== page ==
You Are Part of God’s Inner Circle

“I no longer call you servants, because a servant does not know his master’s business. Instead, I have called you friends, for everything that I learned from my Father I have made known to you” (John 15:15 NIV).


The original Greek word for friend in this verse does not mean a casual acquaintance but a close, trusted relationship. The same word is used to refer to the best man at a wedding (John 3:29) and a king’s inner circle of intimate, trusted friends. In royal courts, servants must keep their distance from the king, but the inner circle of trusted friends enjoy close contact, direct access, and confidential information.That God would want me for a close friend is hard to understand. But the Bible says, “He is a God who is passionate about his relationship with you” (Exodus 34:14 NLT).

God deeply desires that we know him intimately. In fact, he planned the universe and orchestrated history, including the details of our lives, so that we could become his friends. The Bible says, “He made the entire human race and made the earth hospitable, with plenty of time and space for living so we could seek after God, and not just grope around in the dark but actually find him” (Acts 17:26-27 The Message).

Knowing and loving God is our greatest privilege, and being known and loved is God’s greatest pleasure. God says, “If any want to boast, they should boast that they know and understand me . . . These are the things that please me” (Jeremiah 9:24 GNT).

It’s difficult to imagine how an intimate friendship is possible between an omnipotent, invisible, perfect God and a finite, sinful human being. It’s easier to understand a Master-servant relationship or a Creator-creation relationship or even Father-child. Yet God wants us as his friends, and that’s an incredible honor.


Reality-Based Expectations

When we experience disappointment in marriage and it’s no one’s fault (such as a miscarriage or loss of employment due to corporate downsizing), we generally grieve and figure out how to move on. It’s the disappointments that point back to our unrealistic expectations for each other that tend to be stickier. These hard-to-shake disappointments can sometimes be described as disordered attachments—misplaced desires that compete with God for our heart. By following the thread that runs through our disappointments and our persistent anger, we can uncover their origin.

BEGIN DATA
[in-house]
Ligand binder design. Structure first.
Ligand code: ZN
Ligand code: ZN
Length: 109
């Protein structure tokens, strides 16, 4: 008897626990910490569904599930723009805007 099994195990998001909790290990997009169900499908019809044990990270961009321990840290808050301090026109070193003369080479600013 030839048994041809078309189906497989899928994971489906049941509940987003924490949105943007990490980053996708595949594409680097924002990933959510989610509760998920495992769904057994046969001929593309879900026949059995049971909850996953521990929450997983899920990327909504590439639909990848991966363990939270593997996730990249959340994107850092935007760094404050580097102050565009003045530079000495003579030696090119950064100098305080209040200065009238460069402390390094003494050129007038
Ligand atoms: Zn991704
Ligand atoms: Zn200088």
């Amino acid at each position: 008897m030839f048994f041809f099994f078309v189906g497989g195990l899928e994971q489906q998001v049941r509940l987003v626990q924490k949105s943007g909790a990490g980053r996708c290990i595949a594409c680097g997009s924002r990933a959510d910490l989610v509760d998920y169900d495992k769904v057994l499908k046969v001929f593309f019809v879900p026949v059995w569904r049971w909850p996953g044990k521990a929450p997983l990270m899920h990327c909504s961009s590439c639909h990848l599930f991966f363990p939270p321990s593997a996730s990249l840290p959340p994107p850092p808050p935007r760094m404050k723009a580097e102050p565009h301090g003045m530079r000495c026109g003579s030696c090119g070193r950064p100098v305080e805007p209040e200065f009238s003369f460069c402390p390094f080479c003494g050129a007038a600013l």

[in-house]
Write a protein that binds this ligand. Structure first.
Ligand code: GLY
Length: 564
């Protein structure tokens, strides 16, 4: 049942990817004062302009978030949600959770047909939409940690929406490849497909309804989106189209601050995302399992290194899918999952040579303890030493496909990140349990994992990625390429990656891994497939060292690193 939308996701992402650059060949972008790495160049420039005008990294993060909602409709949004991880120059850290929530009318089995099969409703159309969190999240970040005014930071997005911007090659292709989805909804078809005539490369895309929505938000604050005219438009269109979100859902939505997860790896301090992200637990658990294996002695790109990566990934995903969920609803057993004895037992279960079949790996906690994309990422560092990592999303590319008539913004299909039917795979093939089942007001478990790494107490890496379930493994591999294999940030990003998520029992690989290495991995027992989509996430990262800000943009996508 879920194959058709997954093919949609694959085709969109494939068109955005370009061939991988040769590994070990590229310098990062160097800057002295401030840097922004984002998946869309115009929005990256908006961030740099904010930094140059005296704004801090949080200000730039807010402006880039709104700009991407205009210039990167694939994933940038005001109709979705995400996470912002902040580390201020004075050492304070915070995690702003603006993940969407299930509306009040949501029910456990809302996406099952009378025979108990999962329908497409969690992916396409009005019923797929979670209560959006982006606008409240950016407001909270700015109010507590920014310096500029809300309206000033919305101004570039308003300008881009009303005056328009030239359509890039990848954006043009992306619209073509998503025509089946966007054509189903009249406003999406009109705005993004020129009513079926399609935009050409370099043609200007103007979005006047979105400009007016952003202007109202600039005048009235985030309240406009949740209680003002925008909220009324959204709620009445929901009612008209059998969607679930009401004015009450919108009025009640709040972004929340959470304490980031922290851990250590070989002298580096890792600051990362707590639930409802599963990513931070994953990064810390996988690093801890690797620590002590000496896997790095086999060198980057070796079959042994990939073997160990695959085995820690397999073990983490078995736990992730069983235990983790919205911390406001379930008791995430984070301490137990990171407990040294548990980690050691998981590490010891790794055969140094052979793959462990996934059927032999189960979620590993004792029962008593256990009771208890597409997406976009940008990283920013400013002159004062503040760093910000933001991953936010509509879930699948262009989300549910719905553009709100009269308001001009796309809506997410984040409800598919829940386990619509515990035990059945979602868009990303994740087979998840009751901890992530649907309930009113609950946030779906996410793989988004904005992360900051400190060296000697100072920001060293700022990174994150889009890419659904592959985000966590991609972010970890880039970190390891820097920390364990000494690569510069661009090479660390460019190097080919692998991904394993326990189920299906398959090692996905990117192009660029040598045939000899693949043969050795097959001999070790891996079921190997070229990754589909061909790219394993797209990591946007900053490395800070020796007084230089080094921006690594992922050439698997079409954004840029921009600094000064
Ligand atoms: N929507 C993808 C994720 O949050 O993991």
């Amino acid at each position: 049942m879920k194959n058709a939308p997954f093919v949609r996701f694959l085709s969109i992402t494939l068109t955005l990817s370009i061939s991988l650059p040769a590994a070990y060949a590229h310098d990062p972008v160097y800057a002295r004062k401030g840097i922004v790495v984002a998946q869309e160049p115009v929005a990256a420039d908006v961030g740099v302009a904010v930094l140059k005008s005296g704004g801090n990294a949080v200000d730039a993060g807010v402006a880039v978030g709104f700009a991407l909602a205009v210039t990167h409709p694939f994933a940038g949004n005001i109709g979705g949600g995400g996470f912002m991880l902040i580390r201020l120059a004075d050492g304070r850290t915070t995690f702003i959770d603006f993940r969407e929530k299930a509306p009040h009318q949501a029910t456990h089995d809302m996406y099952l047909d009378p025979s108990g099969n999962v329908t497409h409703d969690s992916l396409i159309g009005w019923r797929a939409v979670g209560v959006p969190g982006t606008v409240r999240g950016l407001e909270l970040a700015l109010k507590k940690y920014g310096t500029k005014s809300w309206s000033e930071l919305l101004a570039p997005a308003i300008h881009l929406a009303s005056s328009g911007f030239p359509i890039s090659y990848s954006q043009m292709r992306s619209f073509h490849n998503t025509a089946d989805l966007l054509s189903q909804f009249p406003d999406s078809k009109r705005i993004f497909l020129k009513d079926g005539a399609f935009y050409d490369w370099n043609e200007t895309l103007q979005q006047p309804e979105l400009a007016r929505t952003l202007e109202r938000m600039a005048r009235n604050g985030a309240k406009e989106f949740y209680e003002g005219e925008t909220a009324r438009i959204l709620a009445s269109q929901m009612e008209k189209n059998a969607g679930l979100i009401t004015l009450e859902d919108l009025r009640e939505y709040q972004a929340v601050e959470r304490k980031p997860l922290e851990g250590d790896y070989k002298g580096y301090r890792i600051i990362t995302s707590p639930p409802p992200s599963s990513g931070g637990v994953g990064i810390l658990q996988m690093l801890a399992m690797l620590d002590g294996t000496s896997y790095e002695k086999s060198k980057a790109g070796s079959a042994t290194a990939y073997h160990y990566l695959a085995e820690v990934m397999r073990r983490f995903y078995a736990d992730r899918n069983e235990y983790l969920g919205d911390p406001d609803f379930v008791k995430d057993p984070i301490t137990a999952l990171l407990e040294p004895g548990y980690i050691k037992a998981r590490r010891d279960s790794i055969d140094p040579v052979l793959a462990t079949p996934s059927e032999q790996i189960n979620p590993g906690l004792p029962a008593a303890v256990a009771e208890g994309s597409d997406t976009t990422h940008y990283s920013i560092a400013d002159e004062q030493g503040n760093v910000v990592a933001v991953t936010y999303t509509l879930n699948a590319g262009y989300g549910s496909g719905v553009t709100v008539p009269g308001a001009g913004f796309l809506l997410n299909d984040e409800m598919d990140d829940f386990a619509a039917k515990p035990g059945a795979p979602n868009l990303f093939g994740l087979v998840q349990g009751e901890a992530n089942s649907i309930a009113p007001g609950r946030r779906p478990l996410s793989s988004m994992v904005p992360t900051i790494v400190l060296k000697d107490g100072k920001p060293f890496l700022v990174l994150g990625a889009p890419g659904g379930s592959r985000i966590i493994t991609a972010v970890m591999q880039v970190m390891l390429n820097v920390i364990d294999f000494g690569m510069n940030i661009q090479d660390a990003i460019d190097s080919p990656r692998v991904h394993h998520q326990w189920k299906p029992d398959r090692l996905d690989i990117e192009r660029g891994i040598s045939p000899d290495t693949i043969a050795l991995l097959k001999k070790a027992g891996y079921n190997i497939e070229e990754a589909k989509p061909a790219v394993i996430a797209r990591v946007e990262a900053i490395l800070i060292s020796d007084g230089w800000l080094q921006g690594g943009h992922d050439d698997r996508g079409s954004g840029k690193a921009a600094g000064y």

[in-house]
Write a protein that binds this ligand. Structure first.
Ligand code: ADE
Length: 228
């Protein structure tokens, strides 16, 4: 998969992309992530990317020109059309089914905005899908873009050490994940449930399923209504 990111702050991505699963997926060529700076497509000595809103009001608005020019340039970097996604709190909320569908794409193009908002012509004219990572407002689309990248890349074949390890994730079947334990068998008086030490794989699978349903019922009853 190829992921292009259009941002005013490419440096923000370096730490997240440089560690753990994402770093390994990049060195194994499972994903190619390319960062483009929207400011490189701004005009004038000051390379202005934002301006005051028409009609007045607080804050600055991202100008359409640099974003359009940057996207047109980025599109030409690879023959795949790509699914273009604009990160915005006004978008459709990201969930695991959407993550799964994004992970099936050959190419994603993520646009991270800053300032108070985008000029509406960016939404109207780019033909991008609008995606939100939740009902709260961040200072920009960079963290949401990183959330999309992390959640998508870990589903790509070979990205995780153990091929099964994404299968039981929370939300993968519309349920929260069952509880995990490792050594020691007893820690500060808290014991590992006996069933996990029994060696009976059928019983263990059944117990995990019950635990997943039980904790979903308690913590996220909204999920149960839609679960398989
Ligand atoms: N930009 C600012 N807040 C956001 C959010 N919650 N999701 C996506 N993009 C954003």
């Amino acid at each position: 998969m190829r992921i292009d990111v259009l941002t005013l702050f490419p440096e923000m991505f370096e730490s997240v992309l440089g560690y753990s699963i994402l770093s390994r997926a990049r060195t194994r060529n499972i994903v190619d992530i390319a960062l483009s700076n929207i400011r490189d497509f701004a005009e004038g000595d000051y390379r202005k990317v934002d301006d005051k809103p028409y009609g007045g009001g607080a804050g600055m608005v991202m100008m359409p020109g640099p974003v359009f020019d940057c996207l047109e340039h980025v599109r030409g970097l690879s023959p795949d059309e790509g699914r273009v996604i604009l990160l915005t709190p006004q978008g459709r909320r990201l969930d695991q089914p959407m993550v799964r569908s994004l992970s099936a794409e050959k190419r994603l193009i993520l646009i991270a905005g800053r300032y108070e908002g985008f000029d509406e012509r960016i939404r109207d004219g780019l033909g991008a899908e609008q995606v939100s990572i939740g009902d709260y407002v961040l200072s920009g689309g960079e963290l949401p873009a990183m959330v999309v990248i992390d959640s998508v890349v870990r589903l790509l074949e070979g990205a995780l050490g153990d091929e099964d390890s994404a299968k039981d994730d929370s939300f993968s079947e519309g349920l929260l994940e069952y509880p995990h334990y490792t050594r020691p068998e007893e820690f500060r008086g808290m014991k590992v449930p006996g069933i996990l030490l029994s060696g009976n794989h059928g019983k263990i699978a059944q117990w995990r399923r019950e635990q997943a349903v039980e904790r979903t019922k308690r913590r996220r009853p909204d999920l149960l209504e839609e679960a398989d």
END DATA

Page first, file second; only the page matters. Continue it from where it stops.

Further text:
Christopher and I have had our share of sticky disappointments; that’s part of what our year-ten crisis was all about. When I married him, naïve optimism overshadowed the reality that he is mercurial, does not like public displays of affection, hates flying on airplanes, and has time-deficiency disorder. (Don’t bother looking that up; I diagnosed him.) That same optimism obscured the reality that I struggle to need him, am too quick to judge, and prefer doing the talking.

These relational speed bumps were definitely not marked with fluorescent orange paint or signage of any sort. After we scraped our undercarriage and experienced whiplash more times than I care to admit, it began to dawn on us that perhaps we needed to find a more productive, less destructive path through our disappointments.

We took a similar approach to how we unpacked our gender expectations by asking probing questions such as, What if rather than blaming each other for our disappointments, we confessed our failures and owned our areas of weakness? What if we looked under the disappointments to discern if they revealed any egocentric expectations, disordered attachments, or misplaced hopes? Once we stopped avoiding these seemingly problematic feelings and started investigating them, something shifted.

Rather than continuing to blame Christopher for my disappointment, I started asking the Lord to help me do three things: repent of any unfair expectations, appreciate Christopher’s strengths, and develop reality-based expectations. Of these three objectives, developing reality-based expectations has been the most difficult. My unrealistic expectation of being romanced died an ugly, slow death because I stubbornly clung to it. Clinging is a form of denial that masquerades as hope. We persist in clinging because it gives us something to hold on to and allows us to sidestep the hard work of changing what we have control over: ourselves.

My prayers are finally paying off. I’m learning to let go of my unrealistic expectations by choosing an internal posture of holy resignation. Practically speaking, holy resignation means accepting and loving your spouse without demanding that he or she change, resisting the vortex of despair and blame, and standing in faith that God will complete a good work in the marriage—regardless of current circumstances.

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